Tag Archives: art supplies

My own 10 must have art supplies list

Inspired by this post at Katherine Marie Photography (via Whipup),  I’ve been musing about what’s on my own top-ten list.

It’s a tough choice, but here, I think, are the things I rely on most:

  • A good pen. I’ve got lots of these.  I’m a little bit fickle about my favorites, and I’m always looking for one that’s sharp, very black, doesn’t bleed through paper, and doesn’t break the bank. The one I keep reaching for these days is this one, perfect for everything from the grocery list to a pen and ink sketch:

  • My watercolors. I’ve got several kinds, in both cake and tube form, in large and small sets, but the one I keep turning back to is my ancient set, the one pictured (at least until I change it on June 1) in my blog header above.
  • Staedtler Mastercarve art carving blocks. LOTS of Staedtler Mastercarve art carving blocks. I use other things for carving stamps and illustrations, too, but this is my favorite material so far.  I wish it were easier to find in my area, but there’s always the internet.
  • Speeball carving tools. I have other sets, but I reach for my basic set–2 handleswith interchangeable blades–more than any of the other.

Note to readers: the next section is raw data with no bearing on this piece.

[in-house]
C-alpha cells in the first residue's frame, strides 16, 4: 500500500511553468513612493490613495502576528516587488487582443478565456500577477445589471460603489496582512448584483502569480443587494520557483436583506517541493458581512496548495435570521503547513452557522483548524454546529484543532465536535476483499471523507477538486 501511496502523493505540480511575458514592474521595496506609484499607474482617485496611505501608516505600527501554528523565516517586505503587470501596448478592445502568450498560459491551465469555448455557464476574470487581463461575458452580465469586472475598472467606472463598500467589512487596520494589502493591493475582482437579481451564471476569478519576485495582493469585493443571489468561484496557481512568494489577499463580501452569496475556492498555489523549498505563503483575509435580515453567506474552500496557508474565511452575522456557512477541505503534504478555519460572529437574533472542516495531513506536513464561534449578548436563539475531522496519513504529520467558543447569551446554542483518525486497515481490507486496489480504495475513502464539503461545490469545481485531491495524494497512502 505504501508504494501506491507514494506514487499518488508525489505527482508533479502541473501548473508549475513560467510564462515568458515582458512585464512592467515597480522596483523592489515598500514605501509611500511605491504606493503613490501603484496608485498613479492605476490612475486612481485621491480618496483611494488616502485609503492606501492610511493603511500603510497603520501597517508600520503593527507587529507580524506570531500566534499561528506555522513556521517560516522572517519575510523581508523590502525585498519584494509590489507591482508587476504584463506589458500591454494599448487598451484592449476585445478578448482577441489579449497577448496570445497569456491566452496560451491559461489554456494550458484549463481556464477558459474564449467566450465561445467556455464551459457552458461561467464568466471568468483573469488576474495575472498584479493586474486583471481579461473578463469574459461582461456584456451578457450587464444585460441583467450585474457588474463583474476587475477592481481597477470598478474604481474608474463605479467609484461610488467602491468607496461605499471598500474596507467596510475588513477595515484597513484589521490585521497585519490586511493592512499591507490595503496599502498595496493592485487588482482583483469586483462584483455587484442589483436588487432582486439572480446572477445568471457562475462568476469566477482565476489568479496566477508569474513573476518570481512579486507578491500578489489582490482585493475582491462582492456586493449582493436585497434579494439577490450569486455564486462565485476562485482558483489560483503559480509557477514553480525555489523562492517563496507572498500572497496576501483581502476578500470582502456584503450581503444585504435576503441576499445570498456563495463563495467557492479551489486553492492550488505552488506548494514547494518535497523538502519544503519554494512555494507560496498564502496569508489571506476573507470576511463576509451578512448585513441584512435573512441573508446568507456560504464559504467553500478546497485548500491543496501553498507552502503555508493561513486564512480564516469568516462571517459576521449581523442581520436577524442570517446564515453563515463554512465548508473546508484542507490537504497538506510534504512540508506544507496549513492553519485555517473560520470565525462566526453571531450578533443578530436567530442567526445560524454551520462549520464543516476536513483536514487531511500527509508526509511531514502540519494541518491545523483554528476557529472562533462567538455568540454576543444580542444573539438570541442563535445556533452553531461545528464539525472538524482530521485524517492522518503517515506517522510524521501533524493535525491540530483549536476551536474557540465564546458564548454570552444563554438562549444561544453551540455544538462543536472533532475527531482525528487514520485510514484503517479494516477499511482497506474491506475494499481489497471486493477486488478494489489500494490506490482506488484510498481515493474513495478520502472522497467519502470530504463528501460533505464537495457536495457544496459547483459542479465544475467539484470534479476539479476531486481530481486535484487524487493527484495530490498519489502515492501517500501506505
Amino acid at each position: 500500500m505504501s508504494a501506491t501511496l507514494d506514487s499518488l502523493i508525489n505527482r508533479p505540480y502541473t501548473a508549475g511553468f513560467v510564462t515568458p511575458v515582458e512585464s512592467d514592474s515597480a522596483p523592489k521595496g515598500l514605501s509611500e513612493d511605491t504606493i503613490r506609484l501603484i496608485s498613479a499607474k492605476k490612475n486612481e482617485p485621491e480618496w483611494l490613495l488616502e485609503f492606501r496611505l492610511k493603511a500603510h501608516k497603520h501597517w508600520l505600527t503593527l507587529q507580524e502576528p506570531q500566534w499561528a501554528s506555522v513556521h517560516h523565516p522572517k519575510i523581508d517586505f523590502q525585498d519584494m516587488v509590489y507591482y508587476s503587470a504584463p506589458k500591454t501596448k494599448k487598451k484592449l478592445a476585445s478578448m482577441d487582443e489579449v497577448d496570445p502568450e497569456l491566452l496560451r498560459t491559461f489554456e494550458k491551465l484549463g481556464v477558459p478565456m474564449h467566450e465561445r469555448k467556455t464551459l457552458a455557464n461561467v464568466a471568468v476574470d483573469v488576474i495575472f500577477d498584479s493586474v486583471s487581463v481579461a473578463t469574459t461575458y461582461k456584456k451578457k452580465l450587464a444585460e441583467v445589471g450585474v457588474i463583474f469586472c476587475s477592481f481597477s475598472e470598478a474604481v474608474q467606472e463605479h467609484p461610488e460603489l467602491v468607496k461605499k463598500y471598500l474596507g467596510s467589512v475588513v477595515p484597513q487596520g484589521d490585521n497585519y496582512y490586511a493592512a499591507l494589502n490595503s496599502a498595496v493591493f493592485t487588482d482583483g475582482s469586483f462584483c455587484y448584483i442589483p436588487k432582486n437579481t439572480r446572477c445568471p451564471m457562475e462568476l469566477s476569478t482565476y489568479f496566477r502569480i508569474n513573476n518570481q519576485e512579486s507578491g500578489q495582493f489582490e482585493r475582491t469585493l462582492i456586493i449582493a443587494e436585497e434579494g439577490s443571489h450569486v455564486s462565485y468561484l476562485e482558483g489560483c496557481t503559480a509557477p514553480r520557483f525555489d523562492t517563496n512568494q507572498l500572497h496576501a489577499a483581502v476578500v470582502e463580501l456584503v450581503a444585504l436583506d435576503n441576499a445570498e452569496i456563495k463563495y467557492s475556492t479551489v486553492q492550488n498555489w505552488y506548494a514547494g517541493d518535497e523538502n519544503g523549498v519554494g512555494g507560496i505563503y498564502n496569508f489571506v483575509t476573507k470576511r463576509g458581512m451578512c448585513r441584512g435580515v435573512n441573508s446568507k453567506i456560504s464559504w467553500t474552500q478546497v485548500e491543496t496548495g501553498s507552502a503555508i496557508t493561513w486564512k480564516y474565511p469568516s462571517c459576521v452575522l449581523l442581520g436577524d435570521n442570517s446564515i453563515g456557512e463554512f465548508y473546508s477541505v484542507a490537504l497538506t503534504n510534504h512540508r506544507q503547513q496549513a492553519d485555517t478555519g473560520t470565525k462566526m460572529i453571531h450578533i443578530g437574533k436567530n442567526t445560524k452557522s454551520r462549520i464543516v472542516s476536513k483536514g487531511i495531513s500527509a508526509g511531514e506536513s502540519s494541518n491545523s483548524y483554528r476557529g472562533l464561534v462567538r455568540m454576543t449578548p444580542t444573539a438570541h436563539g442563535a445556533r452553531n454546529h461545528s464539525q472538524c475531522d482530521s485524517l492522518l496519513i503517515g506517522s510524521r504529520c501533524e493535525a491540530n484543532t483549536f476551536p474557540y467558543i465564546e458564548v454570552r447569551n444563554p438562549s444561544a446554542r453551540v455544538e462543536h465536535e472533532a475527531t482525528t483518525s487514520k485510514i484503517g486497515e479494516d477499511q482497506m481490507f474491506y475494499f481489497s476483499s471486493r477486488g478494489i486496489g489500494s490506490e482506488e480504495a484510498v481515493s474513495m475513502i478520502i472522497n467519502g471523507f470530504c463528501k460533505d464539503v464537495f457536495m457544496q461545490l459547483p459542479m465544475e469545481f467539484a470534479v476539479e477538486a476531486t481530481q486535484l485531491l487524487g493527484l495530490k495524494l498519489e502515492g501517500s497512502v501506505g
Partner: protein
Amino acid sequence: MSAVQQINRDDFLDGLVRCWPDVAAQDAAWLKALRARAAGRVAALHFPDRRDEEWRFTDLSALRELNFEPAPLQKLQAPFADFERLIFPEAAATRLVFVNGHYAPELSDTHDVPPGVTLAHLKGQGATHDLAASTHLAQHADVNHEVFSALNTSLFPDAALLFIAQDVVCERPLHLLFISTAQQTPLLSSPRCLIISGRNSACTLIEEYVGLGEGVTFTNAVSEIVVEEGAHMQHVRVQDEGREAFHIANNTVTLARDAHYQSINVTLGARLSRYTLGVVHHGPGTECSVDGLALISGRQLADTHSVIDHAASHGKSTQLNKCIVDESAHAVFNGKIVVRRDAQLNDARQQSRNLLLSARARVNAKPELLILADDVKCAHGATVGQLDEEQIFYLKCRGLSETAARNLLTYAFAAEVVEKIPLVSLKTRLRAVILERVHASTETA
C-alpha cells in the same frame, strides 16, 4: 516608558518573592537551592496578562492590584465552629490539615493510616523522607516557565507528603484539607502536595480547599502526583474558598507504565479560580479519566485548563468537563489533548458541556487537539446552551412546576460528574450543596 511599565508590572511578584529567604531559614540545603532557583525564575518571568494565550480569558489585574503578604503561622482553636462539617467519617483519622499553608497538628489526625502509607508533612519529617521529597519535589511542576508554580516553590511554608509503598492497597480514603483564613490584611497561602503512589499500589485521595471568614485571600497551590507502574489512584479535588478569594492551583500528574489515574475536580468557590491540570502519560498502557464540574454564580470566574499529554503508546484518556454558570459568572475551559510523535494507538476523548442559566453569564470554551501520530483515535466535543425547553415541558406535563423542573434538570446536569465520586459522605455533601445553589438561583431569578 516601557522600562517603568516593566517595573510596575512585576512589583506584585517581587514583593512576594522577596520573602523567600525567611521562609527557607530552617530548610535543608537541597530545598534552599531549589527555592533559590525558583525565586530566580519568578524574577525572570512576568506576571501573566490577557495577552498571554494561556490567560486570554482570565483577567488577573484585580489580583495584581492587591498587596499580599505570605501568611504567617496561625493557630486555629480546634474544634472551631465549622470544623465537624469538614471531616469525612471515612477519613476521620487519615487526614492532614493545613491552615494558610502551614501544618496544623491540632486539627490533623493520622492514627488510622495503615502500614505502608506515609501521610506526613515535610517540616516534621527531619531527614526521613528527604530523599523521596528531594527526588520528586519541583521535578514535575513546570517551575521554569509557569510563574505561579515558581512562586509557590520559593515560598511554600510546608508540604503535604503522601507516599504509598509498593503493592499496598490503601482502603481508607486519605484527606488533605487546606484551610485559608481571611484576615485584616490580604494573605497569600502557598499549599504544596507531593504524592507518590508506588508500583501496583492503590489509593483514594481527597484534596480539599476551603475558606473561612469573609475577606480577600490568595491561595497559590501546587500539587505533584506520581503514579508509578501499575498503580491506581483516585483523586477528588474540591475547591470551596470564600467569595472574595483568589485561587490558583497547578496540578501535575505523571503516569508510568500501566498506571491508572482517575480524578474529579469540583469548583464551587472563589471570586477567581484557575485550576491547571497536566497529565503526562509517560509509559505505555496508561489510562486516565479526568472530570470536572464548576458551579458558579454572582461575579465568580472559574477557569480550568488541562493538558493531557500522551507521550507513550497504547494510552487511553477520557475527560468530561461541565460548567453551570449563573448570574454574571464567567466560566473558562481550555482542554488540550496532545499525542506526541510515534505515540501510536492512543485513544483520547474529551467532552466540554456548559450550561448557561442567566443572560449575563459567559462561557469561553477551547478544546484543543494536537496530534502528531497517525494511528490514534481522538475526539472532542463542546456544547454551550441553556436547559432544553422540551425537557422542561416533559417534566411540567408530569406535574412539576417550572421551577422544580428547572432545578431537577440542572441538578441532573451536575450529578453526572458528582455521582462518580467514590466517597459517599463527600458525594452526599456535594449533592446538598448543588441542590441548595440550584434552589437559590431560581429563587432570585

• My self-healing cutting board and my cork-backed steel ruler–these count as one to me, since I’m always using them together.
  • My Japanese screw punch, a gift from the Better Half. This one is so useful and so amazing that it should probably be higher on the list. Every time I use it, I find myself exclaiming out loud about how brilliant it is. Makes perfect holes of just the right size; essential for book-binding projects and all kinds of other useful tasks.
  • An assortment of wonderful papers. Sorry, this counts as one thing, too.
  • My scanner.
  • My jar of colored pencils.
  • My camera.

And just because Katherine Marie gave us two lists of 10, here are 10 little doodads that I suppose I could live without, but working with art materials wouldn’t be nearly as easy without them.

  • My pinkie-sized spray water bottle for keeping the watercolors wet. Also works on my wrists and the back of my neck during hot flashes.
  • Single-edge razor blades. I buy them in boxes of 100 at Lee Valley.
  • My Gorillapod tripod.
  • My tiny little spring shears, again from Lee Valley, who will sell you a dozen pairs for only $4.95, which gives you enough that you can share with a few friends and still not melt down in tears when the TSA confiscates the pair you accidentally leave in your knitting bag in your carry-on luggage. Yeah.
  • Cat whiskers, which Nemo kindly provides for me on a regular basis. Nice for manipulating the pattern of the ink when you’re doing suminagashi.
  • My little froggie incense bowl (which doesn’t actually have any incense in it in the photo below) and a steady supply of Viva pine/sandalwood incense sticks. I like to start each art session with a short dedication and this frog bowl pleases me very much.
  • frog bowl brush bowl on creamA little hand fan–good for moving inks on water (and again for the hot flashes). Can also be used carefully to hasten the drying of an over-wet watercolor mark.
  • Knox unflavored gelatin for gelatin monoprinting.